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Practical Progress at Nuke Summit

Posted April. 12, 2010 03:17,   


A two-day nuclear security summit will be held in Washington today. The first of its kind, the event will bring together 47 heads of state and government leaders, including from the five nuclear powers - U.S., Russia, Britain, France and China. The leaders will mainly discuss measures to prevent nuclear terrorism, which has emerged as a real threat since the 9/11 terrorist attacks. Nuclear security, which seeks to block nuclear weapons and materials from falling into the hands of terrorists, will top the agenda.

The leaders will come up with action plans to be implemented by individual countries and devise measures to enhance global cooperation. Washington aims to establish a framework to safely control nuclear materials possessed by individual countries within four years. If nuclear states takes the lead and non-nuclear countries join the effort, safe management of nuclear materials is possible. Shortly before the summit, Chile set a good precedent by handing over 18 kilograms of highly-enriched uranium, a material for nuclear weapons development, to the U.S.

Though the Nuclear Security Summit is focused on nuclear security, world leaders will also discuss dealing with countries likely to engage in nuclear proliferation. To prevent criminal organizations from getting their hands on nuclear weapons, rogue countries should be thoroughly banned from transferring nuclear weapons and technology to such organizations. Not invited to the nuclear summit were North Korea, Iran and Syria. Washington said countries willing to join the international effort to enhance the safety of nuclear weapons and technology were invited. If the three countries are neglected, however, global nuclear security is impossible.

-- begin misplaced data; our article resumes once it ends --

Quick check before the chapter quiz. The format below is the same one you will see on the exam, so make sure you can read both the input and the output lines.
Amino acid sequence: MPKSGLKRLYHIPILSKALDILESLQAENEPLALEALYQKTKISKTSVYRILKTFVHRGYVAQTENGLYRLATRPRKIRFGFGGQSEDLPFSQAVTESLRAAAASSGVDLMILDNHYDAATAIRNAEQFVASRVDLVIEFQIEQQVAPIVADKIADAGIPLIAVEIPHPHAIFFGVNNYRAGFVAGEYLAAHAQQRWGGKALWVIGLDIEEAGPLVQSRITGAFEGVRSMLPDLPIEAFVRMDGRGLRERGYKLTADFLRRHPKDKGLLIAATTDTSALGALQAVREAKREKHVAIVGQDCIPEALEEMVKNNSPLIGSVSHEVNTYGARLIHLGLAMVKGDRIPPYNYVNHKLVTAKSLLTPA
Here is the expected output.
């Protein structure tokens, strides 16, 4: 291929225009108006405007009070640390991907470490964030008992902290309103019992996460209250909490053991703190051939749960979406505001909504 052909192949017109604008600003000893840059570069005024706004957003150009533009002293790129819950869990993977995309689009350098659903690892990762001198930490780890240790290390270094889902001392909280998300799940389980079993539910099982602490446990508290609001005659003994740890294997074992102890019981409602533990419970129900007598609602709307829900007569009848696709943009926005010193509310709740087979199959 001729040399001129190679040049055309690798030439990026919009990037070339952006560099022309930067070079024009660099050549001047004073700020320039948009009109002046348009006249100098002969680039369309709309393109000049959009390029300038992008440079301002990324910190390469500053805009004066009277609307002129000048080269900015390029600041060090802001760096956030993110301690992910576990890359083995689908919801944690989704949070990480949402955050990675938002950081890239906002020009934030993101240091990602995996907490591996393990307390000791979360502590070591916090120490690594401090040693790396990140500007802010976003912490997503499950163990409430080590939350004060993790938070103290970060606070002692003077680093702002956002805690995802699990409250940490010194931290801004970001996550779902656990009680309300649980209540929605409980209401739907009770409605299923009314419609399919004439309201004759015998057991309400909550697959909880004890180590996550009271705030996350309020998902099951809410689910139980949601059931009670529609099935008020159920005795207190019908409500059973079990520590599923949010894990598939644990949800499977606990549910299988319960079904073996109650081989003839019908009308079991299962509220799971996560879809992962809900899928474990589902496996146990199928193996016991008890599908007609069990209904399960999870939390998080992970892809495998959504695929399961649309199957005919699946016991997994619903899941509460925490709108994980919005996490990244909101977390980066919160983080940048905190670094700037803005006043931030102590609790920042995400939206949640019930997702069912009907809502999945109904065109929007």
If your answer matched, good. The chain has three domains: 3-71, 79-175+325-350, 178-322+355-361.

Pyongyang said Friday, “We will expand and modernize our nuclear arsenal as much as we need.” This is its rebuke to the newly released U.S. Nuclear Posture Review, which subjects North Korea and Iran to U.S. nuclear attacks, and a challenge to the summit. U.S. Secretary of State Hillary Clinton said the same day, “I understand that North Korea has one to six nuclear weapons.” The U.S. does not officially recognize North Korea as a nuclear state so the mention of the number of North Korea’s nuclear weapons is a warning to Pyongyang.

South Korean President Lee Myung-bak, who will attend the summit, should build a consensus on the importance of global cooperation in resolving North Korea’s nuclear program. The urgent issue for South Korea is to curb North Korea’s nuclear weapons development. The Nuclear Security Summit should present practical measures to deal with countries such as North Korea that threaten world peace with nuclear weapons, along with measures to block terrorist groups from getting nuclear weapons.